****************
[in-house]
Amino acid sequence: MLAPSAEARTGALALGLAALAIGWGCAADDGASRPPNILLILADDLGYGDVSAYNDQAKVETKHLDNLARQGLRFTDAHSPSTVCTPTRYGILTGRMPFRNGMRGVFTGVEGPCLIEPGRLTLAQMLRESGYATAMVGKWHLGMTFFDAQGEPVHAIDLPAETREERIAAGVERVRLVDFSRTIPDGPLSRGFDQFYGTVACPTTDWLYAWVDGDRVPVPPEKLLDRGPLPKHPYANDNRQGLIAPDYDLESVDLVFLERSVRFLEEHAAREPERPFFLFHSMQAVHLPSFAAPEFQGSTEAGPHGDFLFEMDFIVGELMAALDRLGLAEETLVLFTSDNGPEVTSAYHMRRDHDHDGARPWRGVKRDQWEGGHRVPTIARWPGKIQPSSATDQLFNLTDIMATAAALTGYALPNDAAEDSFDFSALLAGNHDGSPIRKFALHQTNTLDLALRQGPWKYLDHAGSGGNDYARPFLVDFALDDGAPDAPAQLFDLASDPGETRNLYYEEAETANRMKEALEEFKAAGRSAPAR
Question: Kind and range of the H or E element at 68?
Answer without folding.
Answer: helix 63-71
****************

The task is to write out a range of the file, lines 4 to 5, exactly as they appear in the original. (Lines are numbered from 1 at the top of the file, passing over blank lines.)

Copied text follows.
Answer without folding.
Answer: helix 63-71